“So, what do we do to get started with APIs?” asked Paul DeCrane, CTP, Zanders Partner & Americas Leader, and one of the presenters of the session, “Getting Bank Connectivity Right.” As DeCrane and Bruce Edlund, Group Director and Assistant Treasurer for the Cloud Software Group explained, there are four strategy milestones to help you get started with APIs.

They are:

  1. Plan. “For anything to get done from an innovation perspective, you’ve got to have a problem statement or a use case for which it provides benefit,” said DeCrane. Lay out the risks and opportunities as well as the costs associated with it.
  2. Organize. Collaboration and transparency are key here. “Get organized around how you're going to collaborate in developing those APIs,” said DeCrane. Identify available resources, including human and financial capital. Regarding transparency, ensure you have buy-in from the owner, stakeholders and affected departments.
  3. Lead. This is where you drive the technology strategy via a project mandate, which may include a team charter with your goals, objectives and constraints clearly outlined. Decide whether this is better constructed by way of an SOW or a project plan.
  4. Control. At this milestone you’re asking, what did we learn? What value did you get out of the investment? How have you improved your capabilities across the organization? What are the KPIs? The information should be shared with both internal and external stakeholders. And finally, you want to look to continuous improvement — what can you do to make sure the applications and interfaces stay alive, and connectivity is at its best, not just with the current technology, but with new innovations? “Because again, the end goal of the API is not the API, it's to enable some type of business function,” said DeCrane.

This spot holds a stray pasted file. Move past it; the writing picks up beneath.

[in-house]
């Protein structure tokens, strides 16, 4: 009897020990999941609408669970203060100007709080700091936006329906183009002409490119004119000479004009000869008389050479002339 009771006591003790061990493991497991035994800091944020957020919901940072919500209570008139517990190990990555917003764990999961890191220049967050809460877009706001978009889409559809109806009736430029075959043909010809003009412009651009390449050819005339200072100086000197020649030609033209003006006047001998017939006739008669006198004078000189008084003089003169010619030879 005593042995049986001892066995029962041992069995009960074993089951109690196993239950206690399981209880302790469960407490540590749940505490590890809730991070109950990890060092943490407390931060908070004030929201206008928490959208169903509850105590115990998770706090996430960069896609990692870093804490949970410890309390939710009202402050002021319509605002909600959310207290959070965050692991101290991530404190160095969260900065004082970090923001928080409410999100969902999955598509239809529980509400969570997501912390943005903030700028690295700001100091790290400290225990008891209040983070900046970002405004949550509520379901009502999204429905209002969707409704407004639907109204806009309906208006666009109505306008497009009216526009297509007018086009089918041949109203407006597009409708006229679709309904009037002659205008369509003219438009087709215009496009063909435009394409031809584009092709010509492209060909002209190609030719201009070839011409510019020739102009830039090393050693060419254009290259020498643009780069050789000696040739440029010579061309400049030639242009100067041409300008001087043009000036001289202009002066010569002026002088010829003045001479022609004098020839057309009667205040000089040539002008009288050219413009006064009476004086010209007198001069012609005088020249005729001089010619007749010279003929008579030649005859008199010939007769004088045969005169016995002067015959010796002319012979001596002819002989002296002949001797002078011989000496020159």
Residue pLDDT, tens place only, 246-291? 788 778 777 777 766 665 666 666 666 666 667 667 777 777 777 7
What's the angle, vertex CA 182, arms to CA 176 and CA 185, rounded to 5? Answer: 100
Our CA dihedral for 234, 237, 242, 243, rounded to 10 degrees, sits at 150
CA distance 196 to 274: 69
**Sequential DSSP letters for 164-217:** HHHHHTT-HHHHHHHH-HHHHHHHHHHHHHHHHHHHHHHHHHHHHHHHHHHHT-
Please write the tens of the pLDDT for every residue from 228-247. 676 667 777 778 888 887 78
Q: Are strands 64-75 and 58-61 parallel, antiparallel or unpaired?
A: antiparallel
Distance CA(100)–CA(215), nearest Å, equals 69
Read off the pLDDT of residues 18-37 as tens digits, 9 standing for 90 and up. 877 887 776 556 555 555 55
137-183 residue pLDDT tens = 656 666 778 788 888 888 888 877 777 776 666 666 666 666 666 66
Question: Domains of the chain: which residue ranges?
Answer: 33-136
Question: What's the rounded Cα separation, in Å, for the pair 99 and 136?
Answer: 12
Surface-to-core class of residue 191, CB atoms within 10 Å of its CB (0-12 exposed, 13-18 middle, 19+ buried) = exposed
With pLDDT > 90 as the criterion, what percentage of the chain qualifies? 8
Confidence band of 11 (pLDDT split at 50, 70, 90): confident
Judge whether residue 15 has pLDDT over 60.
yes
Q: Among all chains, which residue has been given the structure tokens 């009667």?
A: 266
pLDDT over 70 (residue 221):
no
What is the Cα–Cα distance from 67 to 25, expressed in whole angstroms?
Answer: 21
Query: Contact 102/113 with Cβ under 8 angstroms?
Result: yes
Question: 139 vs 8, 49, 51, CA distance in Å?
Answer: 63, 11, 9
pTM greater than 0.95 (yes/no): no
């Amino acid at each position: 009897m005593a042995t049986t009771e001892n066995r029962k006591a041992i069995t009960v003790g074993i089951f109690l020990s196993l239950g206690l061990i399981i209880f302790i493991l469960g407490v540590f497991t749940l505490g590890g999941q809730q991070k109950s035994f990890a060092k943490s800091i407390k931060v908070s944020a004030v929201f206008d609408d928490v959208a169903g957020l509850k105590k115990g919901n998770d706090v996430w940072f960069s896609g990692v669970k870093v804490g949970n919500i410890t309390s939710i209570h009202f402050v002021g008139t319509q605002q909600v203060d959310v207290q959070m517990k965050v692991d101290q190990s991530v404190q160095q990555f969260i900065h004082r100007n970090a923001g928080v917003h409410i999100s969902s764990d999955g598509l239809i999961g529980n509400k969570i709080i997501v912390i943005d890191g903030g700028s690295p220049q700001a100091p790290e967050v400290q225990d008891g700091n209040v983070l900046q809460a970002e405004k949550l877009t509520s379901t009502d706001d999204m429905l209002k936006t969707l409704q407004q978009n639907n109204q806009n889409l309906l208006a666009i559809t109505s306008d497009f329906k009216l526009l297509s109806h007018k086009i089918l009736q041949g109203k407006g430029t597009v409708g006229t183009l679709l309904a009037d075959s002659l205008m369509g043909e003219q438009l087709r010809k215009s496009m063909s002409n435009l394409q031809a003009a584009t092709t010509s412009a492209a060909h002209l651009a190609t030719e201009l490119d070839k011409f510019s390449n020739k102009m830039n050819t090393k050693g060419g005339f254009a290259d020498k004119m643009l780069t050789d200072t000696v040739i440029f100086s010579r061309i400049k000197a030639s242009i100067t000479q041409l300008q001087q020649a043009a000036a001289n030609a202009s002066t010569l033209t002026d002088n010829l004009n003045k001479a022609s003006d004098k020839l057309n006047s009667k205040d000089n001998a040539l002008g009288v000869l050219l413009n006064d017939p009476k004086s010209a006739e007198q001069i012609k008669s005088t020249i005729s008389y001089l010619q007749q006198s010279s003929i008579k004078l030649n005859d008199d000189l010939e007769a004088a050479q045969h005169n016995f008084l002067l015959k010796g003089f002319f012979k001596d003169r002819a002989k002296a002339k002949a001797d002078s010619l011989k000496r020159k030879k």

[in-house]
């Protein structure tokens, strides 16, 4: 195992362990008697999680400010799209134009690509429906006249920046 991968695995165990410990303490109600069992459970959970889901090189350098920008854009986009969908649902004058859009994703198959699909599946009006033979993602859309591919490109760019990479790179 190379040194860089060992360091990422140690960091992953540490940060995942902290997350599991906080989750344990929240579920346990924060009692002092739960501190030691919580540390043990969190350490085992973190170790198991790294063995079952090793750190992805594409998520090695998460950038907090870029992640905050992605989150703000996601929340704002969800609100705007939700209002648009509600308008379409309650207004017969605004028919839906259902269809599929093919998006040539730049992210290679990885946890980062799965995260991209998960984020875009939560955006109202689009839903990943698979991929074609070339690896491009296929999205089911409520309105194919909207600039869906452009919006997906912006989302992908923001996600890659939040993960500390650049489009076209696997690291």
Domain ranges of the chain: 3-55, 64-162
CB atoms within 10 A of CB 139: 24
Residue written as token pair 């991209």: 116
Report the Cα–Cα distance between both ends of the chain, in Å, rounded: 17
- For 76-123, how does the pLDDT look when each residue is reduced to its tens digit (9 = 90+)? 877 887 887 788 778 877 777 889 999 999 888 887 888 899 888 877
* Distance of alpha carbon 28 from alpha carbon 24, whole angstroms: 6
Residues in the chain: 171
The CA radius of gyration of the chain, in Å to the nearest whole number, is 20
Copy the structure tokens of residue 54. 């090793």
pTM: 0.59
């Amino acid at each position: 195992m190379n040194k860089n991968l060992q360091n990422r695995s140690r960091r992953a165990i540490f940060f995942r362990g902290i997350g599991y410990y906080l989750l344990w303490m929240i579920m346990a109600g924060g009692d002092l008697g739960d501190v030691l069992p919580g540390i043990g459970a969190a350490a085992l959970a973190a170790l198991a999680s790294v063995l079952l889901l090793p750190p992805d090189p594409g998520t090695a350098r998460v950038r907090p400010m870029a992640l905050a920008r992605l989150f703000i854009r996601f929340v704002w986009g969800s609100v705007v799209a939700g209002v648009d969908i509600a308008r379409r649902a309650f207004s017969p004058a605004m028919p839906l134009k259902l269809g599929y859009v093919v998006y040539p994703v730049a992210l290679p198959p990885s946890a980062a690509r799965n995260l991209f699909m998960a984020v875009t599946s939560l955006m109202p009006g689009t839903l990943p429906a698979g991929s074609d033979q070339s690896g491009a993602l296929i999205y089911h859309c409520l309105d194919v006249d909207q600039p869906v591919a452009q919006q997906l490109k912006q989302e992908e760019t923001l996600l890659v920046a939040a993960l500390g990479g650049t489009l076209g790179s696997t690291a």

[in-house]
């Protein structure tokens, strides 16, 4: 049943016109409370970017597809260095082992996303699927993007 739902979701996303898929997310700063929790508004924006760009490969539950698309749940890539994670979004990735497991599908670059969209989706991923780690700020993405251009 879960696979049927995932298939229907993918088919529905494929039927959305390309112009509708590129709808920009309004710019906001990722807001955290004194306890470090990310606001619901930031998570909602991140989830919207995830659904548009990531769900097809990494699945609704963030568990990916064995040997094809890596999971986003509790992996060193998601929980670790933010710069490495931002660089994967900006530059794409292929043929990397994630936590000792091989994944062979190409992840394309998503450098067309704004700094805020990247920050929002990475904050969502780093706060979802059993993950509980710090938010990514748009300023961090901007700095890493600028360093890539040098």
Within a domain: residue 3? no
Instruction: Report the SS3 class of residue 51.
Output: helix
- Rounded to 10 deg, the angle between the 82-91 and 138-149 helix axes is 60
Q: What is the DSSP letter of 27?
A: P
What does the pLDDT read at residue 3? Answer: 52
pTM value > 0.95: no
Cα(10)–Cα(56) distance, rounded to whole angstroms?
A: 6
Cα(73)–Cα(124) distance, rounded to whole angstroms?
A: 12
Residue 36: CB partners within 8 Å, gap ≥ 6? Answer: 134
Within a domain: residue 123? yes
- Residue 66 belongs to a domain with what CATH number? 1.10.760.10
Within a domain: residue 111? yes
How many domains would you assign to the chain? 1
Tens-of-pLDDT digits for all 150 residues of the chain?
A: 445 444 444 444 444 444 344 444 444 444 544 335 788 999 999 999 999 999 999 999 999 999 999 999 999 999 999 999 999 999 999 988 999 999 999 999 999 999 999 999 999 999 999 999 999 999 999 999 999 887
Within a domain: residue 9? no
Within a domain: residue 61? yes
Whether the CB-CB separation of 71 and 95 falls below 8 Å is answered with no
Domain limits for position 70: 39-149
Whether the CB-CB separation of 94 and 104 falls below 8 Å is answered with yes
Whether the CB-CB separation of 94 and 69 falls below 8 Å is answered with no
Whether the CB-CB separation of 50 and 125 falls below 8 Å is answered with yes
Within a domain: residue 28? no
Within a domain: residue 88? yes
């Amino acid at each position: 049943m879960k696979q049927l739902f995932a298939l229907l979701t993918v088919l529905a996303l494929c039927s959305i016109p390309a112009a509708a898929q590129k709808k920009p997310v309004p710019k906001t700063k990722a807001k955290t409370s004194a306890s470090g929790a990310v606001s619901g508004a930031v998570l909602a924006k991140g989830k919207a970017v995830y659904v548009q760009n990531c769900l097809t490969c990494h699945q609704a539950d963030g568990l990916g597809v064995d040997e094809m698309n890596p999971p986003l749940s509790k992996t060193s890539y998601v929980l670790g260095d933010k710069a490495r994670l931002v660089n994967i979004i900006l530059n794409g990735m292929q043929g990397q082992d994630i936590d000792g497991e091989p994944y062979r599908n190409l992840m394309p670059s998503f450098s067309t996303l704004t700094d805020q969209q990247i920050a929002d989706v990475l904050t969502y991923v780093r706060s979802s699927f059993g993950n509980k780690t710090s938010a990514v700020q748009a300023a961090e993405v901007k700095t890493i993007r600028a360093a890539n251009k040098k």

In the final session of the series, “Preventing Fraud through a New Standard in Bank Account Change Controls,” Matthew Morookian, Director of Marketing at apexanalytix, shared the latest in cyberattacks and payment fraud — and how you can help to prevent them.

“We named the enemy … manual processes,” Morookian said, quoting one of his clients. “Anything manual is susceptible to fraud, and it's vulnerable,” he said.

Key takeaways from the session include:

  • Cyber criminals are leveraging the latest technology to get past controls – and they are sharing every vulnerability about you with other criminals.
  • Layers of bank account controls are required to protect against today’s payment fraud.
  • Automated bank account ownership verification is the least used but most effective control.
  • Enterprise community data sharing fills the gaps and can help us protect each other.

“You want to remove human interactions with the supplier as much as possible and replace them with automation to prevent cyberattacks and payment fraud,” said Morookian.

The more treasury professionals understand about the intricacies of managing banking relationships, the better prepared they are to add value to their organization. Exploring key considerations in bank selection, learning which statement format is best for your organization, understanding key components of the bank account management lifecycle, having a roadmap to get you started with API, and learning the latest in cybercrime and payment fraud — and how to best protect your company — made this a highly informative and valuable event for treasury professionals at every stage of their career.